The Pursuit Of Excellence

Posted By on Oct 6, 2013 | 0 comments


The Pursuit Of Excellence

 

In this article, we continue the journey we began in The Pursuit Of Fitness, and explore the idea that there is a fundamental attitude that can improve our success not only in fitness, but in life.

 

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We are always practicing something. The question is, what are we practicing? How? And, does it really matter?

 

How We Practice Matters

 

I contend that it matters a great deal; how we practice in large part determines the quality of our lives.  I’m not talking about setting time aside for skill development (though this is important too). I’m talking about our very attitude and approach to how we live our lives.

“Your beliefs become your thoughts,
Your thoughts become your words,
Your words become your actions,
Your actions become your habits,
Your habits become your values,
Your values become your destiny.” Mahatma Ghandi

Here’s the crux of it: excellence.

Excellence knows no bounds. Excellence is not constrained to any one domain of life; a pursuit of excellence encompasses all of life, all of our activities. It is a fundamental attitude which, if pursued with mindfulness and perseverance, creates extraordinary possibilities and fulfillment in our lives.

 

Excellence And Exercise

 

An attitude of excellence is the foundation for safe, progressive training. Without a commitment to excellence, we will accept mediocre technique, and mediocre technique performed under load and over time is a recipe for structural damage and injury. A less obvious risk is that we will fail to pursue mastery of the fundamentals, and advance our progression faster than we should, reducing our effectiveness and exposing ourselves to more risk over time. It takes more focus to pursue virtuosity in basic exercise technique than it does to rush into advanced skills, and will yield greater benefits long-term.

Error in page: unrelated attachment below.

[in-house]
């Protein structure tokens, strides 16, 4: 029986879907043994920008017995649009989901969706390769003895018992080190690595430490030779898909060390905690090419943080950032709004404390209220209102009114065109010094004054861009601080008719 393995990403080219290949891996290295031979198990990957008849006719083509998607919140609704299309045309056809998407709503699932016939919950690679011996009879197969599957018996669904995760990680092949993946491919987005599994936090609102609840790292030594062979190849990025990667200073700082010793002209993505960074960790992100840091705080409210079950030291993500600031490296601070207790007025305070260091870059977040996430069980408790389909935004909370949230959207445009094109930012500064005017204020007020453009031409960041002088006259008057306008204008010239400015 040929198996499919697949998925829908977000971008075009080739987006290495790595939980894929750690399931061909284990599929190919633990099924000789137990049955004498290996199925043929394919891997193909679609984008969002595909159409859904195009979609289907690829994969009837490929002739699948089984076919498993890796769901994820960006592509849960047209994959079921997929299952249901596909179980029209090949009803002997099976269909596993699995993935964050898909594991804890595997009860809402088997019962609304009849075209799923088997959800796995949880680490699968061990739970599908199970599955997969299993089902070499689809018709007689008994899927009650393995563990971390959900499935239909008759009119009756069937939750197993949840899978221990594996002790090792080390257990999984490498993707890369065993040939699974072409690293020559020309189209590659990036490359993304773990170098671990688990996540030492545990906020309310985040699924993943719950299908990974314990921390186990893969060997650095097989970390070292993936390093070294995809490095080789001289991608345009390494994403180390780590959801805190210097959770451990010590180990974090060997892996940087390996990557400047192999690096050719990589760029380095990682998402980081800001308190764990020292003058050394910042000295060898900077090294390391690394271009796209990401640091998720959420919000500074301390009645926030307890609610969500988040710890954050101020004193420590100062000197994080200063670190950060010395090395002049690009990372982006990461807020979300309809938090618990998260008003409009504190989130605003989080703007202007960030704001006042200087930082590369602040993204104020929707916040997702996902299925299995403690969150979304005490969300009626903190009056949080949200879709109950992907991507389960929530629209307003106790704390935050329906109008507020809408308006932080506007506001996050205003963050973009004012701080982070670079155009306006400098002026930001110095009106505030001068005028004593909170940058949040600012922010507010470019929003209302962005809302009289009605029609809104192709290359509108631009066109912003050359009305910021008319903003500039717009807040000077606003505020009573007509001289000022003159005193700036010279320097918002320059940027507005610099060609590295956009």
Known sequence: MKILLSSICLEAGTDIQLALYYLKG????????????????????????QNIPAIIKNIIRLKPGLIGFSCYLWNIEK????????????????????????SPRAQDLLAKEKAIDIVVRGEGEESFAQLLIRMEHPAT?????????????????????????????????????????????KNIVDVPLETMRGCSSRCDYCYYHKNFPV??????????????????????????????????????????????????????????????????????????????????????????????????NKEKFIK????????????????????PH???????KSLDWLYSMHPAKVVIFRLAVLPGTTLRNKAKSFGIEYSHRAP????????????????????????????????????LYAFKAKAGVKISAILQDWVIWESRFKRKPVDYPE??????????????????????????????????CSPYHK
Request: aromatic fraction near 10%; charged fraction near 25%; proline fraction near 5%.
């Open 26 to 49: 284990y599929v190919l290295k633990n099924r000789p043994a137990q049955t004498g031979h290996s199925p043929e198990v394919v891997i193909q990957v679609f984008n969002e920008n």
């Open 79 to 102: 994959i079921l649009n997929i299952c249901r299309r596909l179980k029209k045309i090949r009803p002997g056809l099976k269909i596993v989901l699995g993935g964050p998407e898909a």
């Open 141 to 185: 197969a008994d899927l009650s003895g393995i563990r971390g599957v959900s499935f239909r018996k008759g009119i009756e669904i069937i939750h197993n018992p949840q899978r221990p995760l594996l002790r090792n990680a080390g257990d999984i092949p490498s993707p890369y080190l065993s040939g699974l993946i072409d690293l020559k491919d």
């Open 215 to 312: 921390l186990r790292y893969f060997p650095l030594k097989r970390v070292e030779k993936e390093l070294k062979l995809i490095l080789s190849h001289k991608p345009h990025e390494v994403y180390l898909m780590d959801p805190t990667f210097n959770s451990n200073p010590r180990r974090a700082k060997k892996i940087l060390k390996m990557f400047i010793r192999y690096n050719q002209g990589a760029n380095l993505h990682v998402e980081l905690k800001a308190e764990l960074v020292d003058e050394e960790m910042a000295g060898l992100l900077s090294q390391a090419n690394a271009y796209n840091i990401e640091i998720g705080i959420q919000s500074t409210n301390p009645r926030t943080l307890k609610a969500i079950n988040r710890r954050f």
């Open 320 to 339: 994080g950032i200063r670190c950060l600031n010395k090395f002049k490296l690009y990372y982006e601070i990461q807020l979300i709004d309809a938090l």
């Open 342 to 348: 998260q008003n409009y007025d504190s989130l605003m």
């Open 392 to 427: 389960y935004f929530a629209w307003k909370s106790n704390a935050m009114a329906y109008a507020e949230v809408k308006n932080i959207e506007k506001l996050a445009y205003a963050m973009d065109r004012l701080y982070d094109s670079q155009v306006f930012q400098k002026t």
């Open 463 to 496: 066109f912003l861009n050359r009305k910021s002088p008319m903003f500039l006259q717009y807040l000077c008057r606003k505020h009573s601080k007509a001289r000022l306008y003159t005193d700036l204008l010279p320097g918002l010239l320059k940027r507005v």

Success is neither magical nor mysterious. Success is the natural consequence of consistently applying the basic fundamentals.Jim Rohn

As goal-getting activities, exercise and sport have no peers. They are the most direct, progressive, and reliable way to achieve physical goals. As such, these are powerful practices for building confidence and self-efficacy, which carry over into the rest of our lives. Thus, an exercise routine is extremely valuable as a keystone habit. Yet it can be more than that.

Perfection is not attainable, but if we chase perfection, we can catch excellence.Vince Lombardi

Excellence Beyond Exercise

 

When we think of exercise, we commonly think of it as a physical activity, constrained to physical goals and results. Rarely do we consider deeper benefits, which extend into the mental, emotional, and even spiritual dimensions.

The pursuit of excellence has been recognized through the ages as an inherently effective and valuable attitude for life, expressed beautifully in The Four Agreements as the agreement with yourself to “Always Do Your Best.” We cultivate humility as we realize our limits and the fact that our best, objectively, varies from moment to moment. An attitude of excellence motivates us to try a little harder, to do a little better; to learn, to progress and to grow. Our own experiences with challenge and failure, in this context, are not fundamentally negative; they are simply opportunities for learning and growth. At the same time, our striving through challenge provides us with empathy for the struggles of our brothers and sisters in the human family.

 

Always Do Your Best

 

To sum it up: the pursuit of excellence presents us with the opportunity to experience our best selves. It begets a commitment to lifelong learning and growth, and to always do our best. With this attitude, we create synergies between our fitness goals and our goals and fulfillment in every other area of our lives. It is only upon this foundation that we can build an extraordinary life.

Of course, the pursuit of a fitness goal begs the question: what is the best way to achieve this goal? There are certainly better ways and worse ways to pursue our goals, as measured by effectiveness, efficiency, and safety. Read on to see how this applies to your journey in the next article, Functional Fitness.

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